In addition, since there were significant differences in cognitive status (MMSE scores) between the PD-p+ and PD-p− groups, we additionally conducted a post hoc analysis to distinguish the network associated with pareidolia from those associated with cognitive status. Using rsfMRI data, we performed a regression functional connectivity analysis for each pareidolia score and MMSE score. The threshold for statistical significance was set to an FDR-p < 0.05 (two-sided).
Further information on research design is available in the Nature Research Reporting Summary linked to this article.
The datasets used and/or analyzed during the current study are available from the corresponding author on reasonable request.
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We would like to thank Editage (www.editage.com) for English language editing. This research was funded by Grant-in-Aid for Scientific Research C (16K01453) from the Japan Society for the Promotion of Science (JSPS), Grant-in-Aid for Scientific Research B (20H04044) from JSPS and The Brain Mapping by Integrated Neuroethologies for Disease Studies (JP21dm0207070) from the Japan Agency for Medical Research and Development (AMED).
Y.K. was supported by JSPS. N.H. reported honoraria from INSIGHTEC Japan K.K. and was supported by the Endowed Research Department of Clinical Neuroengineering and grants from AMED Translational Research Program; Strategic Promotion for practical application of Innovative Medical Technology (TR-SPRINT). T.N. has nothing to disclose. G.R. was supported by the Interdisciplinary Program for Biomedical Sciences, Program for Leading Graduate School, Osaka University Grants-in-Aid for Education and Research, Japan. H.O. has nothing to disclose. R. H. reported honoraria from Dainippon Sumitomo Pharma Co., Ltd. and Mochida Pharmaceutical Co., Ltd., and was supported by grants from Takeda Pharmaceutical Company Limited, Otsuka Pharmaceutical Co., Ltd., and Japan Tobacco, Inc. E.M. reported grants and personal fees from Heptares, grants and personal fees from Mentis Cura, grants and personal fees from Sumitomo Dainippon Pharma, grants and personal fees from Eisai, and personal fees from FP Pharmaceutical, outside the submitted work. M.I. made efforts for the advisory boards of Eisai Co., Ltd., Eli Lilly Japan, and Chugai Pharmaceutical Co., Ltd., reported honoraria from Eisai Co., Ltd., Daiichi Sankyo Co., Ltd., Dainippon Sumitomo Pharma Co., Ltd., Novartis, Fujifilm RI Pharma Co., Ltd., Nihon Medi-Physics Co., Ltd., Takeda Pharmaceutical Company Limited, MSD K.K., a subsidiary of Merck & Co., Inc., Otsuka Pharmaceutical Co., Ltd., Janssen Pharmaceutical K.K., and was supported by grants from Eisai Co., Ltd., Dainippon Sumitomo Pharma Co., Ltd., and Otsuka Pharmaceutical Co., Ltd. M.M. was supported by grants from AMED, the JSPS, Japan Blood Products Organization, Kyowa Kirin Co., Ltd., Daiichi Sankyo, Sumitomo Dainippon Pharma, Shimadzu Corp., and honoraria were obtained from Otsuka Pharmaceutical Co., Ltd., Novartis, Chugai Pharmaceutical Co., Ltd., Sanofi, Takeda Pharmaceutical Co., Ltd., Ono Pharmaceutical Co., Ltd., Sumitomo Dainippon Pharma, and Shimadzu Corp. H.M. reported honoraria from Kyowa Kirin Co., Ltd., Sumitomo Dainippon Pharma, Mitsubishi Tanabe Pharma Corporation, Takeda Pharmaceutical Co., Ltd., Ono Pharmaceutical Co., Ltd., Eisai Co., Ltd., IQVIA Solutions Japan K.K., AbbVie Inc., INSIGHTEC Japan K.K.; made efforts for the advisory boards of Kissei Pharmaceutical Co., Ltd., Kyowa Kirin Co., Ltd., T-PEC corporation, FP Pharmaceutical corporation, Ono Pharmaceutical Co., Ltd., and was supported by grants from AMED, grants from Health and Labour Sciences Research Grants, grants from Strategic Basic Research Programs: Core Research for Evolutional Science and Technology, Jansen Pharmaceutical K.K., Bayer Yakuhin Ltd., Kyowa Kirin Co., Ltd., Teijin Pharma Limited, Daiichi Sankyo Company, Limited, Eisai Co., Ltd., Astellas Pharma Inc., Shionogi Pharma Co., Ltd., Sumitomo Dainippon Pharma, Nippon Boehringer Ingelheim Co., Ltd., and Takeda Pharmaceutical Co., Ltd.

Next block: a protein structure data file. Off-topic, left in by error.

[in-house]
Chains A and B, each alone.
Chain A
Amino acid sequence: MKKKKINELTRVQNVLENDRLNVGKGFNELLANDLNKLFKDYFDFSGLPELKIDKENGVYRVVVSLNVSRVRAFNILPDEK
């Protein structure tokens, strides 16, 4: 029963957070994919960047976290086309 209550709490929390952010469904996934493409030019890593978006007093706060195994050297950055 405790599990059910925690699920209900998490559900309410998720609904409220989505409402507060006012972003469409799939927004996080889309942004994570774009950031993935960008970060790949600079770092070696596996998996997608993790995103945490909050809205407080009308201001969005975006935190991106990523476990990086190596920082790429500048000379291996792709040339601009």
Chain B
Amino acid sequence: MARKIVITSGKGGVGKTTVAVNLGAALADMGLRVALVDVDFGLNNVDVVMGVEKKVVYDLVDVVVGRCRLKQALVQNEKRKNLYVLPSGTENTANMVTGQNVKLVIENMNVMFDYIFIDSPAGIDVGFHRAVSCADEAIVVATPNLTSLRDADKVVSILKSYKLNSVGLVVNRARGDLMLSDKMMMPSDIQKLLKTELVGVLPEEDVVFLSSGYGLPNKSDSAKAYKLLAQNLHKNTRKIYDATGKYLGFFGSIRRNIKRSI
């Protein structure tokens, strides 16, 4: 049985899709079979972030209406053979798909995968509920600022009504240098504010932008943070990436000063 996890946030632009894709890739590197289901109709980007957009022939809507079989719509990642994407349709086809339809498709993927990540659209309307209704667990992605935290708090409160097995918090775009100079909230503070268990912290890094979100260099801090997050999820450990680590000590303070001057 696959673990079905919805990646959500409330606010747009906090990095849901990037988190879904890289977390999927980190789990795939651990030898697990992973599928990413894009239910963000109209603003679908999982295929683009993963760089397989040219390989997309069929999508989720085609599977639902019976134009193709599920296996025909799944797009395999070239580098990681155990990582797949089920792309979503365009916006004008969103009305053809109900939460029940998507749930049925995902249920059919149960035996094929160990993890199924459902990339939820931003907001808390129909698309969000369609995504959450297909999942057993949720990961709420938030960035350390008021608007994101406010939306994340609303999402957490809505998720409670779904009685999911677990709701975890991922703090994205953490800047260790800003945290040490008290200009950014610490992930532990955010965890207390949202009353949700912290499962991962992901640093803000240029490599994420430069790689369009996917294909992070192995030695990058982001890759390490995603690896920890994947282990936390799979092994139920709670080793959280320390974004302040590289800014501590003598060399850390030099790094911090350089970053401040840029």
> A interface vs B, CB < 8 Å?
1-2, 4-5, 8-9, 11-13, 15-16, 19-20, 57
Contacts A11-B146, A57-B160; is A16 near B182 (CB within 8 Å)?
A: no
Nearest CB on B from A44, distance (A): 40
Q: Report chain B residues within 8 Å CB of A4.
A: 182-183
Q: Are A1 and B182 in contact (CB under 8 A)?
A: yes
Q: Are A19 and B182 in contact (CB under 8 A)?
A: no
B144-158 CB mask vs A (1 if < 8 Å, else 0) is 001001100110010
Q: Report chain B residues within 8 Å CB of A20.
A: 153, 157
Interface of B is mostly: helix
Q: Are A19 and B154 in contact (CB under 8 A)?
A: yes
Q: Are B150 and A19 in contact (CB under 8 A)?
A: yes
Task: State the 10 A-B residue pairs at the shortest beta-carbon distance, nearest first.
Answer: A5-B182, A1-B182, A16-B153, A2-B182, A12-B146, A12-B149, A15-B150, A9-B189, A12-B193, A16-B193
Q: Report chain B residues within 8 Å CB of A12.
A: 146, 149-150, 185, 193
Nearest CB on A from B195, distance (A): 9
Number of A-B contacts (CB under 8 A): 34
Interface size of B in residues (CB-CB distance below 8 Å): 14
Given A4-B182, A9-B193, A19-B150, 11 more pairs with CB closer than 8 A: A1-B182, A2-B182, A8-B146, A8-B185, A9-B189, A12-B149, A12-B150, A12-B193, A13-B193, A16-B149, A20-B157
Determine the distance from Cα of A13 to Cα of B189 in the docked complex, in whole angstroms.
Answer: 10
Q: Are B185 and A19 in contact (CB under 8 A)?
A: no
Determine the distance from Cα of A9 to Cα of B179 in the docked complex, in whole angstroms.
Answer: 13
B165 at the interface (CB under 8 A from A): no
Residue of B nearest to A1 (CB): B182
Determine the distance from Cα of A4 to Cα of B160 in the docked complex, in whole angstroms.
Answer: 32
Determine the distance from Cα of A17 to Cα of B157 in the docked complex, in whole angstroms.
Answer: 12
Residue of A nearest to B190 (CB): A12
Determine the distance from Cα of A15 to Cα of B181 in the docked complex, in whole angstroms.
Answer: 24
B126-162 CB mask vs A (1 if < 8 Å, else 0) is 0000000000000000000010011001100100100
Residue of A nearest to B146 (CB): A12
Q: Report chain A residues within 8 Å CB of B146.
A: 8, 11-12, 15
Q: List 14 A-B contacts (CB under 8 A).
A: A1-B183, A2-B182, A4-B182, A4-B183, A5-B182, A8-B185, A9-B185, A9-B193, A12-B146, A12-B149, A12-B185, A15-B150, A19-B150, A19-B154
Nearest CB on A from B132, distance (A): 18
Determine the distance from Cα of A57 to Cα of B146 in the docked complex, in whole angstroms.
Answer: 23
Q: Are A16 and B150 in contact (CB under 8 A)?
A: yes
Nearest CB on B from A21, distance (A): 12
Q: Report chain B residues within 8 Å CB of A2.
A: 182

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Kajiyama, Y., Hattori, N., Nakano, T. et al. Decreased frontotemporal connectivity in patients with parkinson’s disease experiencing face pareidolia. npj Parkinsons Dis. 7, 90 (2021). https://doi.org/10.1038/s41531-021-00237-z